The skills that have proven most critical
Susannah Robinson: We’re balancing two things: How to effectively address the current situation and, at the same time, prepare for the future. We expect the rebuilding process to take at least 18 to 24 months. A key skill in this situation is learning how to live with a high level of uncertainty. This has been especially challenging for our employees who are early in their careers. As leaders, it’s vital to be clear, transparent, and decisive. Indecisiveness feeds uncertainty. You have to provide people with something to hold onto and keep moving.
Tom Penque: Being proactive, thinking ahead, those are key skills. And you have to recognize that in this situation, everything is gray, there is no black and white. You have to act even with incomplete information and no play book.
Bonnie Bystrek: I agree with Susannah and Tom: You need a flexible mindset. What works one day may not work the next. People need to share resources and take on new tasks. I’ve found that reaching out to my HR network has helped me learn how others are instilling a flexible mindset in their workforces.
Gazing into the ‘next normal’ crystal ball
Bonnie Bystrek: The pandemic has shown us that technology platforms enable employees to connect with each other and customers without sacrificing productivity. I expect the office footprint to shrink for many organizations as many employees continue to work at home. But can the productivity level be sustained?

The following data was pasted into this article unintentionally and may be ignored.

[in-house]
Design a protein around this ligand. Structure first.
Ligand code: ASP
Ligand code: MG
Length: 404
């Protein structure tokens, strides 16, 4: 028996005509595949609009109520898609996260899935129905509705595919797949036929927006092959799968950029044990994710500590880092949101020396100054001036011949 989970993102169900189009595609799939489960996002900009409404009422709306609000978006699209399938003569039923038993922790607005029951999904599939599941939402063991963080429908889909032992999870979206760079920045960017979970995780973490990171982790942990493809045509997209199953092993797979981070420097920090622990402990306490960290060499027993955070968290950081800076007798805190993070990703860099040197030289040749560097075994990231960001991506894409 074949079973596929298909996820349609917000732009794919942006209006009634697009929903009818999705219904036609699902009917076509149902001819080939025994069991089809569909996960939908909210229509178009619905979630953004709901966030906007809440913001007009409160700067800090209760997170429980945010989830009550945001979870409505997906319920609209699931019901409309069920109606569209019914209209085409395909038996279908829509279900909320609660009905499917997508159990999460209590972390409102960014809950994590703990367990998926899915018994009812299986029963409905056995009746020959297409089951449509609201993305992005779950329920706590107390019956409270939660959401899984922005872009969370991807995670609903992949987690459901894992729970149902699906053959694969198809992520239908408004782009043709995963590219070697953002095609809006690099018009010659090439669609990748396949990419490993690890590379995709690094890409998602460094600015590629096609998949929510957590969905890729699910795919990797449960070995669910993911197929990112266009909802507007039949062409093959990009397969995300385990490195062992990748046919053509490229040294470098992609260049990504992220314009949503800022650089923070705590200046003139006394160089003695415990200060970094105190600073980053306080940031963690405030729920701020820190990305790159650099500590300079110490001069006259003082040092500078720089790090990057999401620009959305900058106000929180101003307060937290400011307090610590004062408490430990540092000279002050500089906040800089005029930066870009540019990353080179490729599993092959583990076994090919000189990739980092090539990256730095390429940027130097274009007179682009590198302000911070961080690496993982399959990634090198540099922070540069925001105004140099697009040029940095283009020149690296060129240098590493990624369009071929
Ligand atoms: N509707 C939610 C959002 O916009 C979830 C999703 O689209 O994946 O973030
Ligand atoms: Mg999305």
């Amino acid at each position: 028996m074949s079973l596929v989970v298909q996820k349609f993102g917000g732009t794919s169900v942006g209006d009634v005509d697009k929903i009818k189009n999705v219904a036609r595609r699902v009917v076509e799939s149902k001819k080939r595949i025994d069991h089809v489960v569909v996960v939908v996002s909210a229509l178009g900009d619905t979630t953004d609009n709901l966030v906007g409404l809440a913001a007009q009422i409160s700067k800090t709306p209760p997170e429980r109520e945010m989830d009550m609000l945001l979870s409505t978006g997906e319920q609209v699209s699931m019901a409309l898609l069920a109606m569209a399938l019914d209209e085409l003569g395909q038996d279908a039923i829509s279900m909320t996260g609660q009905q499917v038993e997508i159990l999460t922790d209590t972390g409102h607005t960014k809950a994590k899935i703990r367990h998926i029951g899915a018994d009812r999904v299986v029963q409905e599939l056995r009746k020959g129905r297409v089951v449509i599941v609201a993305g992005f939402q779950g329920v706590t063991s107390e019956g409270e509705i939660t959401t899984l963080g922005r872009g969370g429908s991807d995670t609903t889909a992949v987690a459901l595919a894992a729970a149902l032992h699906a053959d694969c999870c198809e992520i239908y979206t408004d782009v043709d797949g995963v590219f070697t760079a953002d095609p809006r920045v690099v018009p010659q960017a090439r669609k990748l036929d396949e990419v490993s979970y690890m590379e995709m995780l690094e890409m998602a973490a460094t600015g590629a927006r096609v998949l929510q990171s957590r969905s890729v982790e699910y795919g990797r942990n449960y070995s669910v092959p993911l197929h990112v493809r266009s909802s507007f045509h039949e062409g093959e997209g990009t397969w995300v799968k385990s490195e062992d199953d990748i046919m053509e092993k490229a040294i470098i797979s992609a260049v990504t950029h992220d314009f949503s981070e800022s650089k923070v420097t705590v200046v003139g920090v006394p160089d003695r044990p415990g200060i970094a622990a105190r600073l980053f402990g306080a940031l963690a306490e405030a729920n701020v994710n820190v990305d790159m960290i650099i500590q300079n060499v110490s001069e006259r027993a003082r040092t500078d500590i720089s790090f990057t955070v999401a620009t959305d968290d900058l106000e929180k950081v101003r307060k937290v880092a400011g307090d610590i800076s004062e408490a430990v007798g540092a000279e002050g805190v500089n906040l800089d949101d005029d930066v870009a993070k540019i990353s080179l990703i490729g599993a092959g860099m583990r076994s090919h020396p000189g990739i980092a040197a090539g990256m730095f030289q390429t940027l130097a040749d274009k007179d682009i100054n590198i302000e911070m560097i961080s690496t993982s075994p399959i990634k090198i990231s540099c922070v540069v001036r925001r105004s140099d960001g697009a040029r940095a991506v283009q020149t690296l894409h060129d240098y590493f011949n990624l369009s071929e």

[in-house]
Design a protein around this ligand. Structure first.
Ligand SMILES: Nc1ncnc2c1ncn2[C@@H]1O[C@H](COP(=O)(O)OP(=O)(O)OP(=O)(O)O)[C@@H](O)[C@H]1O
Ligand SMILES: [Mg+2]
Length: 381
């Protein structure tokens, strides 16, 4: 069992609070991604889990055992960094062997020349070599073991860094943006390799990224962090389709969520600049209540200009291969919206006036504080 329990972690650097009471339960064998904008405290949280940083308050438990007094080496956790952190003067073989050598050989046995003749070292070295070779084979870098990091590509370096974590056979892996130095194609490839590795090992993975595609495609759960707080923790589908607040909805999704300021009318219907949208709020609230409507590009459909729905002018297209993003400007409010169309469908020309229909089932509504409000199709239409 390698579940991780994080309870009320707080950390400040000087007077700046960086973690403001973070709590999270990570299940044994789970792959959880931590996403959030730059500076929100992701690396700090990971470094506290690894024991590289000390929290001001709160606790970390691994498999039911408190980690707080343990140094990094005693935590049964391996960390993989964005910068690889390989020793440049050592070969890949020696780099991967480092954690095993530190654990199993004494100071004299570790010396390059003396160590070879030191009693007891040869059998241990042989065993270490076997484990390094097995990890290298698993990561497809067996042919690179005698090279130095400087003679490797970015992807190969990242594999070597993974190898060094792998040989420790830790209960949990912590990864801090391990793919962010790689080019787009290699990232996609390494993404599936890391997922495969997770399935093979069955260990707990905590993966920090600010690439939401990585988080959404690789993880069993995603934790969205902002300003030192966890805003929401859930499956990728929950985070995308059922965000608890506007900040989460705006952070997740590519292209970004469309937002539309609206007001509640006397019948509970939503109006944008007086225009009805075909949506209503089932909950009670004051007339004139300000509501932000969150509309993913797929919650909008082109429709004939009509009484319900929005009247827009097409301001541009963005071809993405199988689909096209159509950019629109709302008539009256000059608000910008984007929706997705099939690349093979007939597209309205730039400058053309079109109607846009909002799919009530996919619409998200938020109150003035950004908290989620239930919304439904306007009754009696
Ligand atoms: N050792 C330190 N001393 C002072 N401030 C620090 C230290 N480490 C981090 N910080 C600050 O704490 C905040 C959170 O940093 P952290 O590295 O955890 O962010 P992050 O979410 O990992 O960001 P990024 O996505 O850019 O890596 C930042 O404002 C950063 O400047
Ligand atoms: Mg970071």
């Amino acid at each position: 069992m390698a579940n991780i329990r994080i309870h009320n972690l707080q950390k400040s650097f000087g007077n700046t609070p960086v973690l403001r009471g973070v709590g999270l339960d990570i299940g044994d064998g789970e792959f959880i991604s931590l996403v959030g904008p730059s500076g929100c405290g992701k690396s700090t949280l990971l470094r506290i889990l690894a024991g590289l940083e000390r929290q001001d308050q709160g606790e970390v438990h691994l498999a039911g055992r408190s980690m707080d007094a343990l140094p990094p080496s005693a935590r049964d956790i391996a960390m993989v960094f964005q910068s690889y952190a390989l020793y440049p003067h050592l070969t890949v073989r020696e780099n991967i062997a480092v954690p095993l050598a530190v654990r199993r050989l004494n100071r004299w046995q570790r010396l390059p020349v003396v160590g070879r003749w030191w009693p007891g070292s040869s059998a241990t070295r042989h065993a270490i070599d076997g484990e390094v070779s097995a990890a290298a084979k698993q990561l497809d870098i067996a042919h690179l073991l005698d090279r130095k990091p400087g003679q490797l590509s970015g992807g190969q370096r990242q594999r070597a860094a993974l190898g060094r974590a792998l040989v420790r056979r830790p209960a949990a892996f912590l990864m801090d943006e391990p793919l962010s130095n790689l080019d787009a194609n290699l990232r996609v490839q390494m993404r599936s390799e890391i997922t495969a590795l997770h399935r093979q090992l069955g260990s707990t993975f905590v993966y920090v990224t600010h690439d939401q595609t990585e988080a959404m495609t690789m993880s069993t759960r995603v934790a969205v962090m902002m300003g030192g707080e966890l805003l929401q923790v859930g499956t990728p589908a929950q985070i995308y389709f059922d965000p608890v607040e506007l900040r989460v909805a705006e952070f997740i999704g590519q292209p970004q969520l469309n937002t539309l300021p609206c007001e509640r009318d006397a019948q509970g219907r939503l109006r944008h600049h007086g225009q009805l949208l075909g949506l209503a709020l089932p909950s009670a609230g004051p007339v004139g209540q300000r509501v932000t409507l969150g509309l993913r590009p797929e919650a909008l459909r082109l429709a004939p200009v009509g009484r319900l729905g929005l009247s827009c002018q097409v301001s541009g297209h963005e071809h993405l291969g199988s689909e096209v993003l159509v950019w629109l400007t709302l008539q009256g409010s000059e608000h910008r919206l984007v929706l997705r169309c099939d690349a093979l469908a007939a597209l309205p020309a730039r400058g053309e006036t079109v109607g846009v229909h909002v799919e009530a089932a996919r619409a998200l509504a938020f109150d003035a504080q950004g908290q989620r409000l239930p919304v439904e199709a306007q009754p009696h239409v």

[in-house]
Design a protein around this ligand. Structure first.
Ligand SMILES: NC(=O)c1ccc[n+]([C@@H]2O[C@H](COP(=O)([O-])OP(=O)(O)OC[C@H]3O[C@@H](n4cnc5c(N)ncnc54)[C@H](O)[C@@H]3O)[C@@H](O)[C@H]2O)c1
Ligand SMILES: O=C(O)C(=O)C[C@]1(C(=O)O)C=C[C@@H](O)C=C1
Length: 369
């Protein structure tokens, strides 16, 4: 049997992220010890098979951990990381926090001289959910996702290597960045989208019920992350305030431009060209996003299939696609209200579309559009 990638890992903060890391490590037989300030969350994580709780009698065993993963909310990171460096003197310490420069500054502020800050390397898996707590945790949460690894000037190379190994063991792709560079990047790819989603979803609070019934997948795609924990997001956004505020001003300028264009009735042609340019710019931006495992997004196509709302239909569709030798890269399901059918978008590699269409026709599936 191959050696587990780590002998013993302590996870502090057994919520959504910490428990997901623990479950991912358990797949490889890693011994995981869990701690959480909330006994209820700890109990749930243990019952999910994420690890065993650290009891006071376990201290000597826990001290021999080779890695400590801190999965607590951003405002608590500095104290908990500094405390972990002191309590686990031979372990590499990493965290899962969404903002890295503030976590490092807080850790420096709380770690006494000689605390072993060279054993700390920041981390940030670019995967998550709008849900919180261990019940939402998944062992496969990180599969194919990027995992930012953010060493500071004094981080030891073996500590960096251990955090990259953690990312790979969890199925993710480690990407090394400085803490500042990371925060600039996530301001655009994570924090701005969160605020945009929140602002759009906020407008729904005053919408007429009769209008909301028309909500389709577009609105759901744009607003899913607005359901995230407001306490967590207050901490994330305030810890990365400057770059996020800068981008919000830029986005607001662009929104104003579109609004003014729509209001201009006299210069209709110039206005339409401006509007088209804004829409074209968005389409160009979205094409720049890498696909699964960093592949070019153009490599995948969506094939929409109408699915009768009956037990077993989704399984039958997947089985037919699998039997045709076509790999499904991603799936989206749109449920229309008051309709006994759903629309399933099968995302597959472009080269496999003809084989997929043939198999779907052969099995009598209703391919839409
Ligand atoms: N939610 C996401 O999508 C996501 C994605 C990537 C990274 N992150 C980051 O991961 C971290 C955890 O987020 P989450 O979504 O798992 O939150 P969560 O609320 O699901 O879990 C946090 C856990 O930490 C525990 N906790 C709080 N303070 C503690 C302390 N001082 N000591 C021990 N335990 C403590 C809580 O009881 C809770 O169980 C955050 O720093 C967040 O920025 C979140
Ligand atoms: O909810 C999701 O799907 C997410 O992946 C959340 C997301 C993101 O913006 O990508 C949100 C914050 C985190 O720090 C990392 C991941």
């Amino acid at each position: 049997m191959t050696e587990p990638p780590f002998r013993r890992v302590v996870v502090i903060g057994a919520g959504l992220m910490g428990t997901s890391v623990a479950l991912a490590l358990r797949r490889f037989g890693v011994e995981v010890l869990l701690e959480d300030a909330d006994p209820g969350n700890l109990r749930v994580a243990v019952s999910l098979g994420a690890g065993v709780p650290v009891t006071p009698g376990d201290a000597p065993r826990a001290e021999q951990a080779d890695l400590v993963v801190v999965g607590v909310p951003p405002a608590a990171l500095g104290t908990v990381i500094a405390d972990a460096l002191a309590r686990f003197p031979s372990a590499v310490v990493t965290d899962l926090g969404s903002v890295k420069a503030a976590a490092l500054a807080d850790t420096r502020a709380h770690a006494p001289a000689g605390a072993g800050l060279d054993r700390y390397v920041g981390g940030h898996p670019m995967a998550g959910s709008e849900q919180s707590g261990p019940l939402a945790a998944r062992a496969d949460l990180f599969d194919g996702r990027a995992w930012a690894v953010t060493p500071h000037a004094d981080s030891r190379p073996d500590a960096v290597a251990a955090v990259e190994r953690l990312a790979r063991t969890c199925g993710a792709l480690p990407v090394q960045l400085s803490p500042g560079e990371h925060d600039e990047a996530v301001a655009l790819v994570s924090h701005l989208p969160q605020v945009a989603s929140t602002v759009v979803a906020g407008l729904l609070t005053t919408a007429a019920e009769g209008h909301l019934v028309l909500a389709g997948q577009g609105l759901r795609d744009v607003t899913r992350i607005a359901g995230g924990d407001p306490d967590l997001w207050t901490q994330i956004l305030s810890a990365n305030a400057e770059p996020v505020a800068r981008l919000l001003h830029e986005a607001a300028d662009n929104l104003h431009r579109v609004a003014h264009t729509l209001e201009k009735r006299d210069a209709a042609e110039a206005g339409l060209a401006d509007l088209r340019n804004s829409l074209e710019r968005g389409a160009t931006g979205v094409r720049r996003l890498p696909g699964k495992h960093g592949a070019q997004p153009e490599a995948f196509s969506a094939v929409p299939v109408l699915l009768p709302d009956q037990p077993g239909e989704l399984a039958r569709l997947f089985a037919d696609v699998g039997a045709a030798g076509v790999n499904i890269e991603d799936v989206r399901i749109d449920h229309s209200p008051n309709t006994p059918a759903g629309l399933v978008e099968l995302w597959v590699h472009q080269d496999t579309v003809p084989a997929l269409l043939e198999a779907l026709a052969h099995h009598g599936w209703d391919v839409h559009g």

Tom Penque: I have the same concern. I’m now seeing some signs of fatigue. And for that reason, we’ve instituted Zoom-free Fridays. Working at home works for some employees, but not for others. But I don’t think we’re going back to the status quo. Remote work is where many organizations are moving. After all, if people can do their job and stay productive and engaged, that’s a win/win.
Susannah Robinson: We’re going to see a range of new normal. For some organizations, like the Y, working remotely for some employees is simply not an option. The life guards, after all, have to be on site. But other functional areas will be able to operate in ways that we might not have envisioned prior to the pandemic.
The perspectives of our three panelists mirror on a local level what HR leaders worldwide have been saying in virtual conversations organized by Egon Zehnder, the global organizational development firm. “There was a clear consensus that some aspects of working have changed for good. There will be new operating models, and some reshaping in the organization. Most significantly, digitalization has increased rapidly over the recent weeks and many organizations are seeing the dogmas of the past around flexible or remote methods of working evaporate.”
Charting the way to the next normal may well take months and years, but one thing is a certainty: HR professionals will have to step up as key business partners in the process.
Posted by Carl Zangerl, Faculty